Mousavi's strengths are also potential vulnerabilities. He may have been favored by Khomeini, but he is disliked by Khamenei. So strong was Khamenei's antipathy for Mousavi that, according to Rafsanjani, the supreme leader, while still president, threatened to resign should Mousavi form another cabinet. Additionally, Khamenei may worry about the challenge to his own religious legitimacy that Mousavi's pious image and descent pose. Mousavi's age may connote dignity in a culture like Iran's, but it is also a detriment. No one under thirty realistically remembers Mousavi's premiership. He can hardly compete with the Basij and the IRGC when attempting to mobilize the youth. Mousavi's best chance may be high turnout and Khatami's support since, just as with Khatami's 1997 landslide against frontrunner Ali Akbar Nateq-Nouri, a huge margin of victory may be harder to erase in backroom dealing.
While Iranian elections can surprise, it does not appear likely that Rezai or Karrubi have greater chances than Mousavi of gaining access to the presidential palace in Tehran. Because Rezai and Ahmadinejad share a similar base of support, Rezai's presence may undercut the president. This could be offset, however, by Karrubi, who may dilute Mousavi's base. Apart from stealing Mousavi's voters, the Karrubi campaign, which has reserved its venom for Mousavi's entourage, may also prove politically costly for the Mousavi campaign. Until now, the Mousavi campaign has had to convince former Khatami supporters that Mousavi is a serious reformer. But Karrubi's accusations to the effect that Mousavi is a revolutionary whose demands for radical reforms could lead to the hard-liners in the Guardian Council and elsewhere suppressing the reform movement are damaging to Mousavi. He must show he is loyal to the regime and will work within the framework of the permissible. This strategy may leave reform-minded voters unsatisfied and the regime structures concerned about Mousavi's intentions.
Khamenei's Predictable Victory
Election procedures have not changed since the last elections, and so it is unlikely that the 2009 election will follow a fundamentally different path from earlier elections in the Islamic Republic. As in the past, the legal framework and the Guardian Council's vetting make Khamenei the ultimate winner regardless of which candidate prevails in elections.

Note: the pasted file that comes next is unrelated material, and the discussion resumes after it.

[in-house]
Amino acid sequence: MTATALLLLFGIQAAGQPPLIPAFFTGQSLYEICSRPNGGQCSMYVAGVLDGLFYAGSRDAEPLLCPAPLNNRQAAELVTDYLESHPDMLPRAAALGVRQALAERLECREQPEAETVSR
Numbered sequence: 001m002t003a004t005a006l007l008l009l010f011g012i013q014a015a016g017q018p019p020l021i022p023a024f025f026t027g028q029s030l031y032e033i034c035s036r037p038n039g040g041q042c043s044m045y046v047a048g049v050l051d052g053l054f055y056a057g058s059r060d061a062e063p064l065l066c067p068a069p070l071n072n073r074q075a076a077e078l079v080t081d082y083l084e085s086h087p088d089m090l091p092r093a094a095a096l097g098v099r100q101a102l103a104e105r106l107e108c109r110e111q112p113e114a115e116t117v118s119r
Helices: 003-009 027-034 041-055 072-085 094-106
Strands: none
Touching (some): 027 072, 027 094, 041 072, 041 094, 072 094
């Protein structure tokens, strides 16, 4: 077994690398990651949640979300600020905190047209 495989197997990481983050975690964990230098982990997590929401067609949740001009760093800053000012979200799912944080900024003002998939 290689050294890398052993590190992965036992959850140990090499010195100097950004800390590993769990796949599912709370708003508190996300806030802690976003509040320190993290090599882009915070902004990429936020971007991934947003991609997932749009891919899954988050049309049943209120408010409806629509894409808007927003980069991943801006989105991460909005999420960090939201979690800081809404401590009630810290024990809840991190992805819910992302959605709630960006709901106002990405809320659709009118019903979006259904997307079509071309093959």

Khamenei has managed in the past to intimidate candidates such as Khatami and former interior minister Hojjat al-Eslam Abdollah Nouri who have sought constitutional reform to change the rules of the game. Many of these have dropped out, leaving only those who support the supreme leader's vision in the race and do not call for restrictions on the powers of the Guardian Council.
The election now is political theater. No matter what happens, the government will consider the result a reaffirmation of the pact between the people and the supreme leader. This makes Khamenei the winner and leaves the public even more disillusioned. The longer, however, the public feels disenfranchised, the greater the likelihood of future instability in the Islamic Republic.
Ali Alfoneh (firstname.lastname@example.org) is a visiting research fellow at AEI.
1. Quoted in "Talking Tehran Down," Los Angeles Times, August 5, 2003.
2. Quoted in Robin Wright, "U.S. Now Views Iran in a More Favorable Light," Los Angeles Times, February 14, 2003.
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5. "Sabt-e-Nam-e Davtalabin-e Dahomin Dowreh-ye Entekhabat-e Riasat-e Jomhouri."
6. Persian: Showra-ye Negahban-e Ghanoun-e Asasi-ye Jomhouri-ye Eslami.
7. Islamic Republic of Iran, Ministry of Interior, "Asami-ye Namzad-ha-ye Entekhabat-e Dahomin Dowreh-ye Riasat-Jomhouri Elam Shod" [Names of the Candidates for the Tenth Presidential Elections Were Announced], available in Persian at www.moi.ir/Portal/Home/ShowPage.aspx?Object=News&ID=4fa8899a-98ff-45cc-a600-e615e99bee83&LayoutID=b05ef124-0db1-4d33-b0b6-90f50139044b&CategoryID=832a711b-95fe-4505-8aa3-38f5e17309c9 (accessed May 20, 2009).
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17. Hezb-e Jomhouri-ye Eslami, the dominant political party after the 1979 revolution, dissolved by Grand Ayatollah Ruhollah Khomeini's decree in June 1987.